Good luck to pioneering multihull designer James Wharram
Free-spirited sailor and pioneering multihull designer James Wharram died on December 14 at the age of 93.
Wharram, who has occasionally contributed to Convenient boat owner magazine, made the first modern catamaran trip from west to east of the Atlantic aboard its 40-foot multihull, Rongo.
There was nothing new to the concept of catamarans in the 1950s – Polynesians began to travel there thousands of years earlier.
Herreshoff had successfully experimented with catamaran designs as early as the 1870s, while a commodore at the New York Yacht Club at the same time imported a traditional catamaran from Polynesia.
But it was not until the 1950s that the modern multihull revolution finally began.
Much of the early pioneering was done by British designers, including Wharram, who sought simple and worry-free long-distance cruises.
Olympic canoeists Francis and Roland Prout, for their part, initially focused on the speed potential offered by multihulls.
Inspired by French sailor Eric De Bisschop’s pioneering journey from Hawaii to Marseille on his 38-foot double canoe / catamaran Kaimiloa in 1937/8, Wharram was keen to further prove the concept’s seaworthiness.
In 1953 he designed and built a 23 foot 6 inch plywood “double canoe”.
Two years later, on September 27, 1955, Wharram sailed from Falmouth across the Atlantic to Trinidad aboard this flat-bottom catamaran called Tangaroa with two German daughters, Ruth Merseburger and Jutta Schultze-Rohnhoff as a crew, in an effort to prove that the design of the double canoe was a seaworthy vessel.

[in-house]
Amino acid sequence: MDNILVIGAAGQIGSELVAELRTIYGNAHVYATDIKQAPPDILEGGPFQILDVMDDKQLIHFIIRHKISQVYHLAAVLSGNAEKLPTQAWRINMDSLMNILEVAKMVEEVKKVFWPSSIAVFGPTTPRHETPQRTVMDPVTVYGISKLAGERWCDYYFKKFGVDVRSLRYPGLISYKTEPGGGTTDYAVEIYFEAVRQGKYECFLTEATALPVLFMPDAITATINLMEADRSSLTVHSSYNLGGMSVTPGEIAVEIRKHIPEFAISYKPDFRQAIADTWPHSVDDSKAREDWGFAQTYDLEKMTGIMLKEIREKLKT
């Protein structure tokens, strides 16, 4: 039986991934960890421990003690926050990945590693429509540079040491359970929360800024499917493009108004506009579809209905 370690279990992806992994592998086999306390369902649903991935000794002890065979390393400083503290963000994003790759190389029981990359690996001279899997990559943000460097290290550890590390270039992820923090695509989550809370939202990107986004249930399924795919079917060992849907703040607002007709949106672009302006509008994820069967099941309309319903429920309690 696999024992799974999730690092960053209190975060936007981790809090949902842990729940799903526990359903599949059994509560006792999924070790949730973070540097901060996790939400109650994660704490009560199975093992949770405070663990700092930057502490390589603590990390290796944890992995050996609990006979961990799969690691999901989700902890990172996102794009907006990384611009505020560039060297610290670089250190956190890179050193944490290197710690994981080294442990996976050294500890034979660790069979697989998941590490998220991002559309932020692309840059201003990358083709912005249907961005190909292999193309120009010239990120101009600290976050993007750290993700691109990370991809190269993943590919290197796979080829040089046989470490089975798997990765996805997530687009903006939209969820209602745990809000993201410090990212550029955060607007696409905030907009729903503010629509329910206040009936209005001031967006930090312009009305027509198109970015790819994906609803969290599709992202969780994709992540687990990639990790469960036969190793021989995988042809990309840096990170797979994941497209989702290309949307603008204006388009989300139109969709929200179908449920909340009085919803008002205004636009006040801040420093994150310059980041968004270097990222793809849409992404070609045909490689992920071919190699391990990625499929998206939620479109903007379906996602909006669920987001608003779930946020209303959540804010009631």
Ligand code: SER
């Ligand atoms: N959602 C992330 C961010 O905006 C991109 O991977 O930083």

For the return trip, he built a 40-foot version on the beach in Trinidad, allegedly with the help of Bernard Moitessier, before sailing first to New York, then crossing the North Atlantic, to arrive in the River Conwy in North Wales, September 30, 1959.
It was the start of a prolific career that saw him designing dozens of distinctive V-hull catamarans, from 13 feet to over 60 feet.
He has sold over 10,000 sets of plans, with the bulk of the completed boats built by enthusiastic hobbyists.
Wharram was still sailing his designs at the age of 90.
The success of the crossing made it possible to prove the seaworthiness of the catamarans, which was not recognized in the 1950s.
Wharram’s renowned multihulls included the Tiki 21, Cooking grease, which became the smallest catamaran to sail around the world when skippered by Rory McDougall from 1991 to 1997.
Rongo was designed and built by Wharram in Trinidad in 1957-58 after the three sailors had already crossed the South Atlantic in 1956 along the trade winds route from the Canaries to Trinidad in their small 23ft 6in catamaran Tangaroa, also designed and built by Wharram in England in 1954.
Wharram’s life partner Hanneke Boon paid tribute.
She said: “We are very sad to announce that on December 14, James Wharram left this earthly world, joining Ruth, Jutta and his many close friends who left before him.
“At 93, his mind set off on the journey to navigate the oceans of the sky.